Folk 21 Wimborne Minster Folk Festival Showcases, The Allendale Centre, 14th June 2014
"...It was back to a trio, next well more a loose confederation of musicians that perform with each other, Alan West, Steve Black and Adam Sweet, who, as with the Jess Vincent Trio, can be found performing together in different combinations. Regulars of the West Dorset, East Devon scene, they can be found with a Monday night residency in the Kings Arms in Seaton over the summer months as well as out and about in the area.
As it is, their appearance here is also a very convenient stop off on their way further west for another gig in the evening. Their weapon of choice is country, that's country, rather than Americana and they do it damned well. Alan West is the vocal point of the performance, though Black is the regular songwriter within the trio.
This was an accomplished set that showed why country has been such an enduring format, the trio really got to the core of the songs. Country is a folk style, it's roots are in the community and whilst the cliché has it down to loss and cheating, real country music appeals because it reflects both the good and band, not just in individuals, but in that wider community, it endures because it reflects shared knowledge and when it's delivered like it was here, you understand why it reaches people the way it does and the way it did in Wimborne."
Maverick Live stalwarts
Maverick Live stalwarts
Alan West & Steve Black, The George, Charmouth, Dorset, April 23rd 2011
Alan West and Steve Black played to a crowded George Inn, Charmouth on Easter Saturday. Sadly, few of the assembled masses had come to listen to the quality music on offer and the pair had to endure a constant stream of customers, push-chairs, dogs and children moving between the bar area and the garden as well as a constant din from the bar. Alan and Steve are however, seasoned campaigners and adjusted the sound sufficiently so that the small group of devotees could hear above the noise and nobody’s evening was spoilt. Although both are still relatively undiscovered treasures, Alan enjoyed significant success as half of the award winning duo West & Elliott which led to tours with the likes of Townes Van Zandt, Guy Clark, Sonny Curtis and Hugh Moffatt. More recently his critically acclaimed 2007 album SONGS FROM A NEOPHYTE spawned a tour with Hal Ketchum. Steve Black is a real unsung hero who is a prolific writer of top quality country songs and Alan’s latest release THE WAY OF THE WORLD is devoted to Steve Black’s material. Playing an eclectic mix of numbers from each other’s albums and some superb covers, with most given a country or country-rock flavour, this turned out to be a first class evening’s entertainment and well worth the 110 mile round trip.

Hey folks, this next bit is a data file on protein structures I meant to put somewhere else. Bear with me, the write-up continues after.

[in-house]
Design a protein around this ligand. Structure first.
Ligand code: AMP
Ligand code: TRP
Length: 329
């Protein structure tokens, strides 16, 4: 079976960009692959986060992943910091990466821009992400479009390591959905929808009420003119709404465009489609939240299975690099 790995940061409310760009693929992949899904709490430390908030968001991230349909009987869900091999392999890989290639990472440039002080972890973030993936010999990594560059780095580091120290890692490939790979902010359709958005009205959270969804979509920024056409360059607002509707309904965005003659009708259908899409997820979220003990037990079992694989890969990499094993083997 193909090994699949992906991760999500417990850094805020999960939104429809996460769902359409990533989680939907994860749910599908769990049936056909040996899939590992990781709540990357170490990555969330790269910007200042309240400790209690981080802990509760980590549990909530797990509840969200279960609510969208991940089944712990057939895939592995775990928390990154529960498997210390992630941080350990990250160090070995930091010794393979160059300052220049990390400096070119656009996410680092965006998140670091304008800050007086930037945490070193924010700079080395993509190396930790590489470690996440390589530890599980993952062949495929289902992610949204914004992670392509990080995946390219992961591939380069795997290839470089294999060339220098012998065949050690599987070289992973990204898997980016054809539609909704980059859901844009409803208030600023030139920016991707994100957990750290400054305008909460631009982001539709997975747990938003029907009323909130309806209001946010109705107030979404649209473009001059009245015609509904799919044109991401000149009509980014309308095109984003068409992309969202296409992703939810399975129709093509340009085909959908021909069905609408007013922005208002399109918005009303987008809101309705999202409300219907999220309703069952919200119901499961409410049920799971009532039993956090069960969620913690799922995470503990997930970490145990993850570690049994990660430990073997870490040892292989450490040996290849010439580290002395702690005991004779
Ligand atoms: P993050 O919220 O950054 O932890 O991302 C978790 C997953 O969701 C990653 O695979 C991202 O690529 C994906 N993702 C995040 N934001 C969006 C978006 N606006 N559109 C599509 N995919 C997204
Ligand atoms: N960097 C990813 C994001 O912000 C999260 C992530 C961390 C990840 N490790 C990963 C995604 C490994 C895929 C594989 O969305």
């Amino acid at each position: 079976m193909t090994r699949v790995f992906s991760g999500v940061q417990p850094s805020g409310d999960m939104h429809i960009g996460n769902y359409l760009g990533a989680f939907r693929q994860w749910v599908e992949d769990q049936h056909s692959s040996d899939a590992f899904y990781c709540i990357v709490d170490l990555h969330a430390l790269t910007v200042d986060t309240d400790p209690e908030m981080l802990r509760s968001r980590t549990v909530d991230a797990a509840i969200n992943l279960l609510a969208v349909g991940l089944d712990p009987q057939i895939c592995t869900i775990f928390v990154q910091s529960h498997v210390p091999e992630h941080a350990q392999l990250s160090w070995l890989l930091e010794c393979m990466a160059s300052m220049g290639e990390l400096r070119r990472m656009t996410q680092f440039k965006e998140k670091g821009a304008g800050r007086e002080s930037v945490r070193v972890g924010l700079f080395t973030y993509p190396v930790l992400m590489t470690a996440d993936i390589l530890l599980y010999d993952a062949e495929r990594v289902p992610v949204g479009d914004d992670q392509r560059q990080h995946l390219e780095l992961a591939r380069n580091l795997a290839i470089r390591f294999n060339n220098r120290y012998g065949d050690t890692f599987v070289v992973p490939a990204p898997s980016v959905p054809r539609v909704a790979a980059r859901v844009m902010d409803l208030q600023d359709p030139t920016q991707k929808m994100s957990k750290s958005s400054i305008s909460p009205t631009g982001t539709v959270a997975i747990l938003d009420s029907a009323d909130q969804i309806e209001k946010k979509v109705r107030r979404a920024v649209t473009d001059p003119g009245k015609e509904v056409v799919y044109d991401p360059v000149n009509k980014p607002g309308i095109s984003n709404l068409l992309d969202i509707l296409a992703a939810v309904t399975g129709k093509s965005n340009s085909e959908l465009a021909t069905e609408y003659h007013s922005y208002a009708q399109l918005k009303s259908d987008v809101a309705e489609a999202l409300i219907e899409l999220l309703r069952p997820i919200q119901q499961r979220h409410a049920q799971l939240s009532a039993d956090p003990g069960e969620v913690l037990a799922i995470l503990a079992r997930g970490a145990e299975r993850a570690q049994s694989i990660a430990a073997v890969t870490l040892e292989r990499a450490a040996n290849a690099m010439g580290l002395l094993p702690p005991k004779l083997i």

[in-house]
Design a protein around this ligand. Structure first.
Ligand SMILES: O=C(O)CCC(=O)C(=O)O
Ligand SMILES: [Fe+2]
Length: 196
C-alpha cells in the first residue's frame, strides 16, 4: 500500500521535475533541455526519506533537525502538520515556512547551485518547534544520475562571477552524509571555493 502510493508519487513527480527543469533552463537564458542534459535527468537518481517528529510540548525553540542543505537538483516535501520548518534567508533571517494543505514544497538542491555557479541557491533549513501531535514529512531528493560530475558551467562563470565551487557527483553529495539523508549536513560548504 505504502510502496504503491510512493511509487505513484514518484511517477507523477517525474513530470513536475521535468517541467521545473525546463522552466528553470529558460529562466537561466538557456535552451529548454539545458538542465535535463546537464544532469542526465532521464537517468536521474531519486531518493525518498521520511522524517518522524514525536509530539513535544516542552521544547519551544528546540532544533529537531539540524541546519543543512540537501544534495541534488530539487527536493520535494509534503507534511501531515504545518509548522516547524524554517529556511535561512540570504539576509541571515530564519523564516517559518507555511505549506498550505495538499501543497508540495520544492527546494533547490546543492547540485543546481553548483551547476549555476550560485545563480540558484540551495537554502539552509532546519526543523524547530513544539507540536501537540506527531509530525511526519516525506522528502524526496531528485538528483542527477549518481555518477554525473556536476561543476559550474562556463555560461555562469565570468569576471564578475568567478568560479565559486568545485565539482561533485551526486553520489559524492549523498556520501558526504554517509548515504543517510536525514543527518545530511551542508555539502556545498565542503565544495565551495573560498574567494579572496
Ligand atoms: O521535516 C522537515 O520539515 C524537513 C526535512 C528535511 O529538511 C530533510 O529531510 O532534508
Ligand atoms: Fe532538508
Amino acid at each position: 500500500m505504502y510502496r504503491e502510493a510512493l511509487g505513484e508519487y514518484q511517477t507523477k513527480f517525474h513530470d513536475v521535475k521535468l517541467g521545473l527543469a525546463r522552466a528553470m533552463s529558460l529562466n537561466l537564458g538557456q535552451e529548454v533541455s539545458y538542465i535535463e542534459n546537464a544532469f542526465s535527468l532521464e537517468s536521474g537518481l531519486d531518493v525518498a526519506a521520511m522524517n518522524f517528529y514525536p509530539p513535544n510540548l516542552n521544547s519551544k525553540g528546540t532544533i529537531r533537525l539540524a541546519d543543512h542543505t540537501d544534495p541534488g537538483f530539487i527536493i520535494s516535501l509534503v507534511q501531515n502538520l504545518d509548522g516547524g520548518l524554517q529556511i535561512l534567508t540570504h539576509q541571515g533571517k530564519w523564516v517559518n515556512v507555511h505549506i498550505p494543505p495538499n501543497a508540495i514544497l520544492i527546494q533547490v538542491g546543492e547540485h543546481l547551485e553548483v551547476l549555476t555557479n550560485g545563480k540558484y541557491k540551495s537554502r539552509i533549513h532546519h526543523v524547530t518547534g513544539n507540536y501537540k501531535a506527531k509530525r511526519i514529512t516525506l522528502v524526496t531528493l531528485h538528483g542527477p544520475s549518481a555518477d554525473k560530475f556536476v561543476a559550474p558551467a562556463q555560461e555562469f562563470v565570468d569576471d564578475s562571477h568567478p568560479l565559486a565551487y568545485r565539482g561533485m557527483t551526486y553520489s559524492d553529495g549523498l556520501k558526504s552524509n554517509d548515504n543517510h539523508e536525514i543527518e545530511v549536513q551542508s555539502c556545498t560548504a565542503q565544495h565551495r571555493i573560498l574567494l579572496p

Alan and Steve shared the vocal lead throughout the evening and kicked off with Mick Hanly’s Past The Point Of Rescue, a hit for Hal Ketchum, followed by Wasilla from Alan’s latest album and which is also included in Steve’s own 2006 offering ALL I SAW—but not before Alan was forced to redirect a customer with a pushchair away from the speakers! A lovely ballad I Miss You So (their ‘E minor’ song) was followed by the Kevin Welch country rocker I Feel Fine Today and another rocker, Bring It On Home To Me. The first set wound down with a country version of the Bob Dylan classic Don’t Think Twice It’s Alright and another from Alan’s latest, The Big Freeze. The second set opened with The World That’s Lost Your Name, again from the new album, and Tim Hardin’s If I Were A Carpenter, made famous by the late Bobby Darin. More covers; Steve Earle’s I Don’t Want to Lose You Yet, James Taylor’s Sweet Baby James, another Steve Earle classic Good ol’ Boy and Robbie Robertson’s The Weight were all delivered impeccably before they closed with Framed from SONGS FROM A NEOPHYTE.
The last set got off to a great start as they launched into The Beatles’ You Can’t Do That and the hilarious Redneck Hippie Romance written by Shel Silverstein who was responsible for some of the quirkiest song titles in the history of country music. Dave Loggins’ beautiful ballad Please Come to Boston was followed by the Lowell George smash Willin’ and Fire, a song written by Bruce Springsteen for Elvis Presley but a massive hit for the Pointer Sisters. By now the bar was virtually empty but there was still time for another Steve Black song Keep The Spirit and a terrific rendition of Neil Diamond’s I Am, I Said on which Steve actually sounded like Neil Diamond, before they closed with the Steve Earle staple Copperhead Road. These are two exceptionally talented guys who enjoyed a terrific repartee whilst dealing with a somewhat transient audience. They both live in Devon and are happy to fill their diary with gigs not too far from home and whilst it would be great to be able to expose them to a wider audience they clearly enjoy what they do whilst living in one of the most beautiful parts of the country. Anyone in the Devon or Dorset area who likes their country music uptempo ought to be able to catch them at a gig fairly close to home.